At last, it was time for Paul Bennet ‘s solo routine in his incredible Wolf Pitts Pro. One of only two in the world, Paul seems to be able to make this 400hp, ultimate expression of the classic Pitts biplane design do things that an Aeroplane shouldn’t be able to do! With tumbles and summersaults, hanging off the prop and climbing away in a knife-edge attitude, it’s a dynamic and impressive crowd favorite.
Commercial Helicopters showed off their firefighting capabilities with a water-bombing demonstration. A vital skill and a necessity for rural communities surrounded by bushland near the Blue Mountains. The team was also busy throughout the day as they offered joyflights around the local area, and their white Jetranger could be seen coming and going every few minutes throughout the show.Not all the attractions were in the air though as, while not flying during the show (unfortunately) some interesting visitors on display were a pair of white DHC Beavers (yes, they were very “nice Beavers” ) thanks to Matthew Macarthur-Onslow from Walcha and Andrew and Mick Kennedy from Gunnedah.
Not forgetting the ”Wheels and Wine” aspect of the show either, there was an impressive array of classic, vintage and performance vehicles on show, spread across a couple of acres thanks to the efforts of the Cudgegong Cruisers Car Club. It was impressive to see just how many lovingly restored and cared for old cars, trucks and farm machinery could be brought together for a show in a rural area. There are some real gems tucked away in the country. And, of course, there were the many stalls and displays of local producers and special interest groups for the crowds to peruse as well.
PBA’s CAC Wirraway was ably displayed by Glenn Collins, giving everyone a great show in this classic, Australian built warbird, before Joel Haski showed his aerobatic skills in his Xtra-300, sponsored by Wings4Kidz. Wings4Kidz is a non-profit organization that provides free flights for seriously ill children and their families in rural areas to travel to major cities and hospitals to receive treatment and care, to try and help reduce the already significant stress and difficulties that such illnesses can have on families in more remote regions. A very important service for communities like Mudgee and the surrounding areas.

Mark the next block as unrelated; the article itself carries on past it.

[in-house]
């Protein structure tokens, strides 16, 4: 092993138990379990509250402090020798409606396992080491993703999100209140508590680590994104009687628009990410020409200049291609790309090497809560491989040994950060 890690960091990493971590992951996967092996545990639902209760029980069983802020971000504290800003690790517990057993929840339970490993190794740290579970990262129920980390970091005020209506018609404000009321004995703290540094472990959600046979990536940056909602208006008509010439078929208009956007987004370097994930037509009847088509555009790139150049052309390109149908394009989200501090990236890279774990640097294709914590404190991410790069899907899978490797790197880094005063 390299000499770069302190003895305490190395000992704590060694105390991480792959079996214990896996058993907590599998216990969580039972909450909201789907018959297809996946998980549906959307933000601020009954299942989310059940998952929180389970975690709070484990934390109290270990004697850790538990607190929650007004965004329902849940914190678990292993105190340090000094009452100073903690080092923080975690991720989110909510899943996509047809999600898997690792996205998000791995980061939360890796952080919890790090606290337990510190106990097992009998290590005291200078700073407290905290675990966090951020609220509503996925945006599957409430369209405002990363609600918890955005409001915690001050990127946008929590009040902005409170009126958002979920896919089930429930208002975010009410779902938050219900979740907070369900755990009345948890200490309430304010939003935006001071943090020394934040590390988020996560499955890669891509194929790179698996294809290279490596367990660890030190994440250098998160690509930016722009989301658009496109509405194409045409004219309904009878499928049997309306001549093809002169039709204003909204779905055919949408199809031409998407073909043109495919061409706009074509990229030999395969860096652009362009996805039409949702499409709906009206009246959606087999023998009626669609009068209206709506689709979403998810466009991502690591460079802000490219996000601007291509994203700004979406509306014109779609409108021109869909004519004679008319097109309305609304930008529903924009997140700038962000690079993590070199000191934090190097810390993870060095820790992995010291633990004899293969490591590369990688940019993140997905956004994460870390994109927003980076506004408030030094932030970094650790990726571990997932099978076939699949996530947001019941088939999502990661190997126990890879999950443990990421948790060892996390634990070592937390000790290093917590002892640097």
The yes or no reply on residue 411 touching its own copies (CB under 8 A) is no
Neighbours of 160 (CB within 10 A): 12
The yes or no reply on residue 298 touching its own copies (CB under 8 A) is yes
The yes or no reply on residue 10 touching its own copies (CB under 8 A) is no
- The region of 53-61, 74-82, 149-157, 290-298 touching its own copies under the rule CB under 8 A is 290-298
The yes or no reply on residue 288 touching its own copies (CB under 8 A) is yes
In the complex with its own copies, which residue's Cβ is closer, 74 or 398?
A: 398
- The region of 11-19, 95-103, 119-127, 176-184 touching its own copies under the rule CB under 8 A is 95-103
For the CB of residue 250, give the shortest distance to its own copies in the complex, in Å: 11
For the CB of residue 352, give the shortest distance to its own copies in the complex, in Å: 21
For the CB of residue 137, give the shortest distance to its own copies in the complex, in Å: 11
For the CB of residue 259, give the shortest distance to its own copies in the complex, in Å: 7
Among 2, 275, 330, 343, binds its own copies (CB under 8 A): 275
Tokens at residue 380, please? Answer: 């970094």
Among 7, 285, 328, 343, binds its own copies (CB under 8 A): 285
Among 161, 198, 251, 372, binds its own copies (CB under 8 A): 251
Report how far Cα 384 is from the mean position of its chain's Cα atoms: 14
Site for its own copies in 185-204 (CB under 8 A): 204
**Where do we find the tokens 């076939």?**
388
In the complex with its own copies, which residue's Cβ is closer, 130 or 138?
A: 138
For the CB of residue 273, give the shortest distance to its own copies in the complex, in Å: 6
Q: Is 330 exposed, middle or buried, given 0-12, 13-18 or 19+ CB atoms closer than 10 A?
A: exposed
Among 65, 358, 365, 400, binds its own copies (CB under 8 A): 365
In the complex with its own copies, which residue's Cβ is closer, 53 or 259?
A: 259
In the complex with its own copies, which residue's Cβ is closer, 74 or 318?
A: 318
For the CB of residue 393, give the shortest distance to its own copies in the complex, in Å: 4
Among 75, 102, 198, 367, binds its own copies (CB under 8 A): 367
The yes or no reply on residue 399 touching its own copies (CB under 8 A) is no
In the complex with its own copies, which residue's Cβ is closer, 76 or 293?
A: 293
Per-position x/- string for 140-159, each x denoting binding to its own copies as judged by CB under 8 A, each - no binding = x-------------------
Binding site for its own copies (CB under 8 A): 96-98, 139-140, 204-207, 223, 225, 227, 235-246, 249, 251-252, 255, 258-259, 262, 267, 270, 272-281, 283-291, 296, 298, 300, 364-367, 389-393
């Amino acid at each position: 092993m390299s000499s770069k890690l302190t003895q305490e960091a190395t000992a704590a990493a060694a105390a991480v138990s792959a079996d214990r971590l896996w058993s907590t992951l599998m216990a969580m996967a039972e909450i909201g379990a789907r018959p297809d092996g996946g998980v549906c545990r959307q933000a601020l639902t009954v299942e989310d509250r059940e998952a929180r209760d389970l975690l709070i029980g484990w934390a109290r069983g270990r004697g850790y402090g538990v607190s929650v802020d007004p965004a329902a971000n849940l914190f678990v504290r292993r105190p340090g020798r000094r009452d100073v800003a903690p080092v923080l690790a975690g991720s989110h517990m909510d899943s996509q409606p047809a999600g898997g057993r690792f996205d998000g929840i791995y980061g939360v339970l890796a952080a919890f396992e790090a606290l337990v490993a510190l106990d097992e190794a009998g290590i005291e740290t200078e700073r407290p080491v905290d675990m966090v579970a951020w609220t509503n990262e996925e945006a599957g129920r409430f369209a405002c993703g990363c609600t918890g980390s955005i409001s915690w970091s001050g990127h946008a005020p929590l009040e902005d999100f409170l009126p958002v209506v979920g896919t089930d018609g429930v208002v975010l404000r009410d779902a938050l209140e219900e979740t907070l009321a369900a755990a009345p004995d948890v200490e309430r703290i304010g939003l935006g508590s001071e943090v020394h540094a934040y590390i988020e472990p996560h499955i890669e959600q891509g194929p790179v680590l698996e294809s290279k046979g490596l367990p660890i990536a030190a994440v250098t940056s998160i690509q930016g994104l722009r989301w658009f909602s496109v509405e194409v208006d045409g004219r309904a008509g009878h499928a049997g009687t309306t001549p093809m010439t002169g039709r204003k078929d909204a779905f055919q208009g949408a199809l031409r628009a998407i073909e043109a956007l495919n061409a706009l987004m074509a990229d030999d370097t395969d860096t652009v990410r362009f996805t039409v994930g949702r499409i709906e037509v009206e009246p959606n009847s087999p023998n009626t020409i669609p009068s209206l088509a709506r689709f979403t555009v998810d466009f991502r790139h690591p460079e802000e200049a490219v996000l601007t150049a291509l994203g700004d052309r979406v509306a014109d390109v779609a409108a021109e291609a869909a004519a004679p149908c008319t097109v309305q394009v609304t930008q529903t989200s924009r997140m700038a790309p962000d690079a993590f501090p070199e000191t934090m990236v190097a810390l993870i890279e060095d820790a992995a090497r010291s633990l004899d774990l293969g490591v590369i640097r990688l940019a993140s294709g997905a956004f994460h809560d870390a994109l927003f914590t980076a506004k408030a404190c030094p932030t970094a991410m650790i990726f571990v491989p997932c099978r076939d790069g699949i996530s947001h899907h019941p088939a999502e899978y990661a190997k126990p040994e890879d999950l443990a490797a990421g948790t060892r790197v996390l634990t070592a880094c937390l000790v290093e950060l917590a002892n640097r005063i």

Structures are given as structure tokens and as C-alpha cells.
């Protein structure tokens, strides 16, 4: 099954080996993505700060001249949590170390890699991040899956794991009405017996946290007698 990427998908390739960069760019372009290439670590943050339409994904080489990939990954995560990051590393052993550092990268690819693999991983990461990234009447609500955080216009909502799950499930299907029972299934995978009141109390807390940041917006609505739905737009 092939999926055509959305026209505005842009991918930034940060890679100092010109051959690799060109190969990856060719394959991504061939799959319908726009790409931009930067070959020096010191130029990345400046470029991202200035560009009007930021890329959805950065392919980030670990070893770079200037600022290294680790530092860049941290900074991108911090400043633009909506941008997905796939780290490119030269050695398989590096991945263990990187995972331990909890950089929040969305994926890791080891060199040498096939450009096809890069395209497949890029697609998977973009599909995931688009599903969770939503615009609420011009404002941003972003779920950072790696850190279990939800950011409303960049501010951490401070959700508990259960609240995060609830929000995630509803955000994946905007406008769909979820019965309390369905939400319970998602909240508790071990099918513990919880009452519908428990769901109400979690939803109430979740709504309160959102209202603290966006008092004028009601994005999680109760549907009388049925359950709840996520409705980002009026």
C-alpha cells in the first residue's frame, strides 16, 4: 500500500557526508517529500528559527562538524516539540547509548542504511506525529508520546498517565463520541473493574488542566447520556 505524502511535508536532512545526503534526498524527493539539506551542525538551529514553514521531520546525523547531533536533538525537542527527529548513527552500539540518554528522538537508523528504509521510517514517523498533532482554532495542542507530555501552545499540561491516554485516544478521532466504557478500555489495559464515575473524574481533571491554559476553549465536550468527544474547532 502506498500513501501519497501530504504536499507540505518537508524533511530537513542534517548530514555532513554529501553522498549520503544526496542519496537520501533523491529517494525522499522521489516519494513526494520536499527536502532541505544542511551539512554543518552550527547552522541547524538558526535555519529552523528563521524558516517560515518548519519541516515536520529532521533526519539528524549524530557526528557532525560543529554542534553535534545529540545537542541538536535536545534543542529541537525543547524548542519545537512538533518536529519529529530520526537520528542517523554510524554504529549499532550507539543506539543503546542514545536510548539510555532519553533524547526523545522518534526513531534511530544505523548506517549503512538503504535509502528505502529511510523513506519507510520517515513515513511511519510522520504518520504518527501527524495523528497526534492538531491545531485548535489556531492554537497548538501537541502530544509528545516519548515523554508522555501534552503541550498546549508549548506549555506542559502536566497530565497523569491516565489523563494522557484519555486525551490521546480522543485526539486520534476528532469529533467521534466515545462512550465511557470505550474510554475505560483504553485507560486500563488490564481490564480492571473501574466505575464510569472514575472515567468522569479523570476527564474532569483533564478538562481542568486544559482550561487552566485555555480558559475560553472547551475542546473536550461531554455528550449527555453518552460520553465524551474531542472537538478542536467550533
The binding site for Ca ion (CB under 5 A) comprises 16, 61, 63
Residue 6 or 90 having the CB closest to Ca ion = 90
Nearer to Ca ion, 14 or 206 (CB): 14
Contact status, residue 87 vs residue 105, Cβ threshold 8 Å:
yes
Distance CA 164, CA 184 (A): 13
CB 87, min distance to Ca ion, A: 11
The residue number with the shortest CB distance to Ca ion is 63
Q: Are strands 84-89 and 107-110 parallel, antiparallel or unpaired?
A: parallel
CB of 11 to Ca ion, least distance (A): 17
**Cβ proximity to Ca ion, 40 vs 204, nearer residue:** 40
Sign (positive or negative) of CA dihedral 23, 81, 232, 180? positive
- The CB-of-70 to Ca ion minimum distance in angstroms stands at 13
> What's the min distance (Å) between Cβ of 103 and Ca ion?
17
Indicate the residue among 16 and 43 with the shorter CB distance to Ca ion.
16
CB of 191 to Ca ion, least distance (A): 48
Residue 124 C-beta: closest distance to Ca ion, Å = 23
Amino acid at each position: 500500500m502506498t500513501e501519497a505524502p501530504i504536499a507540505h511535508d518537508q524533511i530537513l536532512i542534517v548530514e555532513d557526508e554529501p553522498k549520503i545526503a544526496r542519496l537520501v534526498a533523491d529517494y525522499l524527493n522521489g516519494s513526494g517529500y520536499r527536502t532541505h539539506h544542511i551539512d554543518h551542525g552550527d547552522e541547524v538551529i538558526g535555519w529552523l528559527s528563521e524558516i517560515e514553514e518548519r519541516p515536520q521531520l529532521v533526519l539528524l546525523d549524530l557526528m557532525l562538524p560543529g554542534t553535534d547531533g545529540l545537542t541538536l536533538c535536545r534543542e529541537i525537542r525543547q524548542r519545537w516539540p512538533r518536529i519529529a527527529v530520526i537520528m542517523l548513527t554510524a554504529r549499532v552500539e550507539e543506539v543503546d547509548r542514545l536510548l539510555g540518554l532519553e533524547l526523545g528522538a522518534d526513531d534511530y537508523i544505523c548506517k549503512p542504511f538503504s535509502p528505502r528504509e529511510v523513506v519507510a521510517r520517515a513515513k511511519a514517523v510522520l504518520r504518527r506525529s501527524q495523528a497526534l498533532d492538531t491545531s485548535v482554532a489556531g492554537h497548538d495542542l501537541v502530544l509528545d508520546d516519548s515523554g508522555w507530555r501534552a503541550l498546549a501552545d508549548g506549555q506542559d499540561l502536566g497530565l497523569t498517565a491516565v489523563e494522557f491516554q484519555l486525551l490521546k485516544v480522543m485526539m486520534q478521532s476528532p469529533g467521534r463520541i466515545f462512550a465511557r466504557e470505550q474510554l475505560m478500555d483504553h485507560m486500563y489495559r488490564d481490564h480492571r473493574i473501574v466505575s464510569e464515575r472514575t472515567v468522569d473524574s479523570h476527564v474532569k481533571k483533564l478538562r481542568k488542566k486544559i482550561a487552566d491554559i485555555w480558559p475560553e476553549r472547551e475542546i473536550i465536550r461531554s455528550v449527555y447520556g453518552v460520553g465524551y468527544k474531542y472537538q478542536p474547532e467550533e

The day’s final displays were from Paul Bennet in his colourful T-28 Trojan, another impressive machine with a wonderfully characteristic sound which has earned it the nickname “the Harley Davidson of the skies”, and Rob Kuru in his T-6 Texan.
All too soon it seemed, it was time for many of the visiting participants to head back to their various airports to beat the fading light before dusk fell. In the air, the show had provided visitors with a wide variety of what aviation has to offer, from gyrocopters to jets, warbirds and aerobatics, there was something for all interests and, as is often the case with these smaller, regional shows, the country setting and sense of community gave it a more relaxed and family feel than can sometimes be the case with larger shows in more metropolitan areas (simply due to their different nature and requirements).
Mudgee is a typical example of the smaller, rural shows which are the heart of the Australian airshow scene and provide many in this large country of ours their only real exposure to the range of aviation experiences that are out there and it is a tribute to all those groups and individuals who offer their time and work so hard to bring these shows to the country.
My sincere thanks to the Paul Bennet Airshows team, Mudgee Aeroclub and everyone else involved for their time and efforts in making this such a great little show.